By definition, zero-day exploits are ones that the platform owner knows nothing about. About the only honest statement Apple could make in regard to these types of exploits is: "We don't know what we don't know." 

    Keep in mind that there is a thriving market for zero-day exploits. These exploits are very highly sought after by both the "good guys" and the "bad guys." Who is considered a good-guy and who is considered a bad-guy is often subject to debate, whose side you're on, and can vary or flip based on any given situation. There are no simple answers.


    chiawatto_cobra
  • Reply 5 of 10
    gatorguygatorguy Posts: 23,165member
    doggone said:
    It would be good to understand how this exploit works.  Does "invisible zero-click exploit in iMessage" mean that the user never had to click on link to get infected?  That is pretty scary especially for iPhones.  
    Correct.
  • Reply 6 of 10
    razorpitrazorpit Posts: 1,796member
    The two remaining journalists must be terrified at this news.  :D
    hexclock9secondkox2
  • Reply 7 of 10
    dysamoriadysamoria Posts: 3,429member
    This is not the first time these countries have been caught cyberhacking.   It's not ONLY Russia leading these efforts.

    Cyberhacking along with its close cousin, disinformation, has become a new form of warfare and the U.S. needs to step up its response to it.   A lot.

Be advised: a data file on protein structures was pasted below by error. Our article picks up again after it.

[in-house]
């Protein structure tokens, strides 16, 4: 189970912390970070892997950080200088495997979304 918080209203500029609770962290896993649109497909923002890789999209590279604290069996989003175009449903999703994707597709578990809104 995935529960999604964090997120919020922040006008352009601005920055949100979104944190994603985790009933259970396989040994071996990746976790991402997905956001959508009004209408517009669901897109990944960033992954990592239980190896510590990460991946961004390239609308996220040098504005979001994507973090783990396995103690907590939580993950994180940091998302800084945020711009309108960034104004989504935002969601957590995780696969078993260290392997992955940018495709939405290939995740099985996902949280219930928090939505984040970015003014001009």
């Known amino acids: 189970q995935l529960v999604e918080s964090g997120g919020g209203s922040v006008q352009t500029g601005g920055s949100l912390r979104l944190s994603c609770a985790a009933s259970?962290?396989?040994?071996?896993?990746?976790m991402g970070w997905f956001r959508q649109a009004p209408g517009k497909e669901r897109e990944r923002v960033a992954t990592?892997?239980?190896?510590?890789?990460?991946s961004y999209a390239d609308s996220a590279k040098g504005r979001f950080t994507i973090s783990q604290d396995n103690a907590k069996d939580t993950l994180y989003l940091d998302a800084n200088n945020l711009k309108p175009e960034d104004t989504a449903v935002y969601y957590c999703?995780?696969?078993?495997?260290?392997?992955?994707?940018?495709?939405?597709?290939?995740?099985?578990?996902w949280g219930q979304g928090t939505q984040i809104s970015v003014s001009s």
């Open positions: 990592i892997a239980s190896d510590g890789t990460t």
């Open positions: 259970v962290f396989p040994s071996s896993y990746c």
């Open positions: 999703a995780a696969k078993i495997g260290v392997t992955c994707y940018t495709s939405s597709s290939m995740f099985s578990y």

Democracy depends on the people knowing the truth -- and these cybercrimes are undermining that foundation.
    The deeper problem is that a lot of people don’t know how to recognize the truth, or actively refuse to acknowledge it. Critical thinking skills are at an all-time low, and ego tends to obstruct people from correcting their malformed views of the world around them.
  • Reply 8 of 10
    dysamoriadysamoria Posts: 3,429member
    Am I correct in taking from this article that my iOS 12.x devices are not vulnerable to this exploit?
  • Reply 9 of 10
    GeorgeBMacGeorgeBMac Posts: 10,260member
    dysamoria said:
    This is not the first time these countries have been caught cyberhacking.   It's not ONLY Russia leading these efforts.

    Cyberhacking along with its close cousin, disinformation, has become a new form of warfare and the U.S. needs to step up its response to it.   A lot.

    Democracy depends on the people knowing the truth -- and these cybercrimes are undermining that foundation.
    The deeper problem is that a lot of people don’t know how to recognize the truth, or actively refuse to acknowledge it. Critical thinking skills are at an all-time low, and ego tends to obstruct people from correcting their malformed views of the world around them.

    The real problem is those who listen to right wing propaganda sites -- and believe the bull.
  • Reply 10 of 10
    dysamoria said:
    This is not the first time these countries have been caught cyberhacking.   It's not ONLY Russia leading these efforts.

    Cyberhacking along with its close cousin, disinformation, has become a new form of warfare and the U.S. needs to step up its response to it.   A lot.

    Democracy depends on the people knowing the truth -- and these cybercrimes are undermining that foundation.
    The deeper problem is that a lot of people don’t know how to recognize the truth, or actively refuse to acknowledge it. Critical thinking skills are at an all-time low, and ego tends to obstruct people from correcting their malformed views of the world around them.

    The real problem is those who listen to right wing propaganda sites -- and believe the bull.
    The real problem is turning off any of your critical thinking functions regardless of left/right wing affiliation.  Always critical think, regardless of source.
    elijahg